Returns the text contents of the element as a string. By default this method is not recursive (i.e. it just returns the own text of the element, not the text belonging to children and descendant elements). Such behaviour is not convenient for every possible use case (for example, the text of a paragraph may be partly or entirely split among several low level text containers, while a typical end-user regards this text as a flat string). So, if the optional recursive parameter is provided and set to TRUE, then the method returns the concatenated contents of all the descendants of the given element.
The encoding scheme is the same as for attribute values.
Returns an XML export of the calling element, allowing the lpOD applications to store and/or transmit particular pieces of documents, and not only full documents. The pretty option is allowed, like with the serialize method of odf_part objects, described in ODF::lpOD::Document.
Sets or changes an attribute of the calling element. The attribute is created if it didn't exist. If the provided value is undef, the attribute is deleted (if it didn't exist, nothing is done). The attribute name may be specified according to the same rules as with get_attribute.
The attribute value is provided in the user-selected character set, that is utf8 by default, but that may be changed (see get_text).
Sets several attributes at a time. The attributes to change or create must be passed as a hash ref (like the hash ref returned by get_attributes). The attribute names may be provided in simplified form like with set_attribute.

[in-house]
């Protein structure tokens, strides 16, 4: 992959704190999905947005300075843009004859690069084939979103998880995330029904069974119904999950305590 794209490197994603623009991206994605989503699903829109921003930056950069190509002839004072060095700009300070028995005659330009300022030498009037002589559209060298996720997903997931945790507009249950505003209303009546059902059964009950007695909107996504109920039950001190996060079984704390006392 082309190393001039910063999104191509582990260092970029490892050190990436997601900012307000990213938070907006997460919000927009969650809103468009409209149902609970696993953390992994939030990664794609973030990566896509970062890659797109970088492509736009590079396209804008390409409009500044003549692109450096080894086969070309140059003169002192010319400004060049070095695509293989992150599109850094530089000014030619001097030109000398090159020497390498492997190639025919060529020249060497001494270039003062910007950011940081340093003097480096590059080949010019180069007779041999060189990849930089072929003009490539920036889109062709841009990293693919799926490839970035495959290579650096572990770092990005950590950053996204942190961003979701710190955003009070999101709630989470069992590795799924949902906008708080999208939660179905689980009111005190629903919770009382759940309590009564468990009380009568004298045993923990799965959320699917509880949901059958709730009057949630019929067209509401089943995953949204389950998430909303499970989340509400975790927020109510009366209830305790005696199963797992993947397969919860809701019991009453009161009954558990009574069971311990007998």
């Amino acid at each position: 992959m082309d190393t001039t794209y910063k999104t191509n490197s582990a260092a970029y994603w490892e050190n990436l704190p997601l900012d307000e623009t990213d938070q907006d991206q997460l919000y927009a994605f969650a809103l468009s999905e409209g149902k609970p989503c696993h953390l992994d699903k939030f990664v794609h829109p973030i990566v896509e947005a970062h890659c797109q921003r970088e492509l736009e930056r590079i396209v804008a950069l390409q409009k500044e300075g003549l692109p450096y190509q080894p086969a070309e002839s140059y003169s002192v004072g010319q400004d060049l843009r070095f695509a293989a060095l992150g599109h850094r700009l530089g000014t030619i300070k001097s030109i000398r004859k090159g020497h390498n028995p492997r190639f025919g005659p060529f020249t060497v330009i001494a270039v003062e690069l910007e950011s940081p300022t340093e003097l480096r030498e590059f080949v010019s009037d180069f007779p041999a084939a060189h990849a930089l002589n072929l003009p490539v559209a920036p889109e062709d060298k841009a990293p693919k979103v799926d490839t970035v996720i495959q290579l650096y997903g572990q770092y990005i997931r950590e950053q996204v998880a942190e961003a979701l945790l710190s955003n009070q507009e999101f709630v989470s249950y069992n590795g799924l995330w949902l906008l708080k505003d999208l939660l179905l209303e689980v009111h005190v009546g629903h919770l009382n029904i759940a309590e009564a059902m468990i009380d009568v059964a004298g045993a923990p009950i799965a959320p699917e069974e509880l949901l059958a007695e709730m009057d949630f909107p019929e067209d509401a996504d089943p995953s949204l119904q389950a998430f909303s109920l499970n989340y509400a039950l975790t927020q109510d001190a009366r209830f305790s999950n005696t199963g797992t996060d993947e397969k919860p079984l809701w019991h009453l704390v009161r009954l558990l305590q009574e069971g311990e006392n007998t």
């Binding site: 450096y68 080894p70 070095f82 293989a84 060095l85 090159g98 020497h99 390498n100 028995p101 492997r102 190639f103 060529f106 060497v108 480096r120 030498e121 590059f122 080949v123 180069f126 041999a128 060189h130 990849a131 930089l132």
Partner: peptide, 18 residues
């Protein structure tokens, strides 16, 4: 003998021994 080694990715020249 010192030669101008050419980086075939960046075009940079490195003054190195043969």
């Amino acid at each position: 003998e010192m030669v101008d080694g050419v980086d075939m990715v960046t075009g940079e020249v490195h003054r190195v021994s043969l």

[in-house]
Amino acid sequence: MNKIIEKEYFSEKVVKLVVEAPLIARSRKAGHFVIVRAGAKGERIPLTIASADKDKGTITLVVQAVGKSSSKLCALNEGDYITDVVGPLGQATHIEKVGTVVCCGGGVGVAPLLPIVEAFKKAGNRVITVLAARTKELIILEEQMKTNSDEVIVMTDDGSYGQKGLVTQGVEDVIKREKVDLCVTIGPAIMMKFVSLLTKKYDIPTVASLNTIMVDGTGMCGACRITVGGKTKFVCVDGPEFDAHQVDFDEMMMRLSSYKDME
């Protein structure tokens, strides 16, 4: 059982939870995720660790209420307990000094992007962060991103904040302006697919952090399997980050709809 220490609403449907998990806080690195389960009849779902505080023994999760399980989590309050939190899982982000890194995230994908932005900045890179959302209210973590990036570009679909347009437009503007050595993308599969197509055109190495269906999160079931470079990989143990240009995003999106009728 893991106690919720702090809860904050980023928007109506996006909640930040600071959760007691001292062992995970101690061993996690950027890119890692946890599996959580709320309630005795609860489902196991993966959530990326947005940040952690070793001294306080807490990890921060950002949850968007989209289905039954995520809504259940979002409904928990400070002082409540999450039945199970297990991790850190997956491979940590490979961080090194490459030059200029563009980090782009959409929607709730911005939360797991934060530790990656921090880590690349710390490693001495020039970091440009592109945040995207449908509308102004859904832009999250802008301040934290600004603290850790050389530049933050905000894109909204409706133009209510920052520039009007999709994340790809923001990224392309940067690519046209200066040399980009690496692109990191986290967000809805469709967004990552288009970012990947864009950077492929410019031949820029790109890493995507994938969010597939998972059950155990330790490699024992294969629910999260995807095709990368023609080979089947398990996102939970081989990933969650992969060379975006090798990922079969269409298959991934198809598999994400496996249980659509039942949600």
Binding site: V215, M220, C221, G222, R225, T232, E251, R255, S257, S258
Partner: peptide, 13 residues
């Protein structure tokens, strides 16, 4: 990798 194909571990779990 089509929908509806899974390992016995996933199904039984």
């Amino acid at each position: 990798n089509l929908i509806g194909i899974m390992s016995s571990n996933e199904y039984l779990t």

Changes the XML tag of the calling element. Not for usual business; it's a low level technical feature.
Changes or sets the style name of the calling object. Caution: a lot of ODF elements should not have any style, so don't use this accessor unless you know that the calling object needs a style.
Sets the text content of the calling element, replacing any previous content. Example:
my $paragraph = $context->get_element('text:p', position => 15);
$paragraph->set_text("The new content");
The text may be provided in the user's local character set (see get_attribute and get_text).
If set_text is called with an empty string, its effect is the same as clear.
Copyright (c) 2010 Ars Aperta, Itaapy, Pierlis, Talend.
This work was sponsored by the Agence Nationale de la Recherche (http://www.agence-nationale-recherche.fr).
lpOD is free software; you can redistribute it and/or modify it under the terms of either:
a) the GNU General Public License as published by the Free Software Foundation, either version 3 of the License, or (at your option) any later version. lpOD is distributed in the hope that it will be useful, but WITHOUT ANY WARRANTY; without even the implied warranty of MERCHANTABILITY or FITNESS FOR A PARTICULAR PURPOSE. See the GNU General Public License for more details. You should have received a copy of the GNU General Public License along with lpOD. If not, see http://www.gnu.org/licenses/.
b) the Apache License, Version 2.0 (the "License"); you may not use this file except in compliance with the License. You may obtain a copy of the License at http://www.apache.org/licenses/LICENSE-2.0
To install ODF::lpOD, copy and paste the appropriate command in to your terminal.
perl -MCPAN -e shell
For more information on module installation, please visit the detailed CPAN module installation guide.